Mr. Lackie points out that litigation will likely take two years or more and some sellers know they are still way ahead, even after they agree to reduce the price.

“Common sense has to get in there and push greed away,” he says. “Then the buyer can say ‘I didn’t get totally fleeced.’”

Another hurdle can arise if the value of a property has dipped since the offer date and the buyer needs a mortgage. If the lender requires an appraisal and the value comes in below the sale price, the buyer must close the gap.

“You’ve got to come up with another $300,000 because the bank’s sure not going to front you,” Mr. Lackie says. “That’s when the scramble starts.”

In many cases, young buyers make another visit to the “bank of mom and dad” he says.

Mr. Lackie expects the market to remain fairly quiet over the summer, with another bump in listings in September. He predicts a portion of those will come from people who moved to the suburbs during the pandemic but no longer want to commute. Another fraction will be homeowners who are financially stressed with the rise in interest rates.

Looking ahead, Ms. Fan at RBC cautions that further headwinds will come as the Bank of Canada presses on with rate hikes.

Ms. Fan says the central bank’s increases will likely cause housing affordability to continue to erode, put more buyers on the sidelines, and push prices lower.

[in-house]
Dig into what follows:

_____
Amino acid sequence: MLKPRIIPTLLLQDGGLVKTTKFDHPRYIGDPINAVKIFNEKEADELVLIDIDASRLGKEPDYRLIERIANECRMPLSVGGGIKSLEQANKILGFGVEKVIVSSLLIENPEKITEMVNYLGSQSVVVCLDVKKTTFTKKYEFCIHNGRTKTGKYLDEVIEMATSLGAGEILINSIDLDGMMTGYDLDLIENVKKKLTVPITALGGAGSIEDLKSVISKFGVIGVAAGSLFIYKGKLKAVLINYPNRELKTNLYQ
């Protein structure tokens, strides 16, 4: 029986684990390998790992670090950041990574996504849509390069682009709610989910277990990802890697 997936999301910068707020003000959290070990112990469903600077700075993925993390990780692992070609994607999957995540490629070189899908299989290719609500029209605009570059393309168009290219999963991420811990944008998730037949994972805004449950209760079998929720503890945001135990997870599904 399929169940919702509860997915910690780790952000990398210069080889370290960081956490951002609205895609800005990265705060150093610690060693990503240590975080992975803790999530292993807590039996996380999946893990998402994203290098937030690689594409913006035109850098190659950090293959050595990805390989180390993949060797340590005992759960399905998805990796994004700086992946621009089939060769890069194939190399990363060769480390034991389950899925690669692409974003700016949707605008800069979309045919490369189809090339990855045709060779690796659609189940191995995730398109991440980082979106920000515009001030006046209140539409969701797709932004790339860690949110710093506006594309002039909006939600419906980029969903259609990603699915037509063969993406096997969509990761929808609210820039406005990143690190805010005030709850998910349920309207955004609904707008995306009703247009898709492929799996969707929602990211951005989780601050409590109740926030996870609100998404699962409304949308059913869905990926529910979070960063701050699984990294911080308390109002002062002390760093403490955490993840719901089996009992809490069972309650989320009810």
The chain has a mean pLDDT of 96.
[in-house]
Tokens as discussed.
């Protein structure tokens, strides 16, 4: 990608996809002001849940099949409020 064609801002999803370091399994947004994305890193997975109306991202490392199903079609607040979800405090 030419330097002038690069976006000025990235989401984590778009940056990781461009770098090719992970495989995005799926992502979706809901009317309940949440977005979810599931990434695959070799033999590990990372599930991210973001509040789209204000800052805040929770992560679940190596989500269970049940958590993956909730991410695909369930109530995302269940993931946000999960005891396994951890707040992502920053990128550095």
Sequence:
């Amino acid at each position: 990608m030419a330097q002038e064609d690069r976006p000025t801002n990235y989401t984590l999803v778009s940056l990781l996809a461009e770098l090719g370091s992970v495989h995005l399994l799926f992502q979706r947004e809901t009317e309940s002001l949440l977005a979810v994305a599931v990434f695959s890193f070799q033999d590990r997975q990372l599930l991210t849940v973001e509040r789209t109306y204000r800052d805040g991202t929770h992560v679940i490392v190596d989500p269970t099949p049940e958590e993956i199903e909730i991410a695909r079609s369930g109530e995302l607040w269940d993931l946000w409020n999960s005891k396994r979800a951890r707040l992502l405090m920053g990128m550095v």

Farrell Macdonald, broker at Atelier Realty, concentrates his business in Toronto and Ottawa, where he is doing a lot more upfront work than usual as buyers and sellers try to make sense of the current market.

For buyers, fear of missing out has given way to fear of buying in a falling market.

Mr. Macdonald, a former accountant, says consumers are wary of rising inflation for everyday items and the concomitant bump in interest rates.

“Unless you don’t eat or drive, it’s impossible not to notice,” he says.

To Mr. Macdonald the dramatic rise in house prices during the pandemic was mind-boggling.

“We saw this race to buy more house and more yard and maybe even a pool.”

People moved to the suburbs where they could find that large backyard, and now areas such as York Region in the 905 area code have cooled off dramatically.

In King Township, for example, the average price dropped to $2.083-million in June from $3.218-million in February as months of inventory swelled to 2.3 from 2.0 over that time. Only 21 properties changed hands in King in June compared with 86 new listings.

As prices fall, Mr. Macdonald has seen some collateral damage during the transition. One couple, for example, planned to sell their house in the Toronto area and move to Ottawa.

Their agent advised them to sell first and then look for the new property, but they did the reverse.

After buying in the Ottawa area at the height of the market in February and selling in the sagging GTA two-and-a-half months later, they have delayed their plans to retire, he says.

When it comes to sellers, Mr. Macdonald is delving into their motivation in trading properties.

“The cost and grief of going through a move is particularly relevant,” he says.

Sellers leaving Toronto for a smaller centre are able to go through with their plans if they’ve owned the house for several years, he says. Even if they sell for less than the property would have fetched earlier this year, they’ve usually locked in some gains, he says.

“Nobody I’m speaking to is expecting a February price.”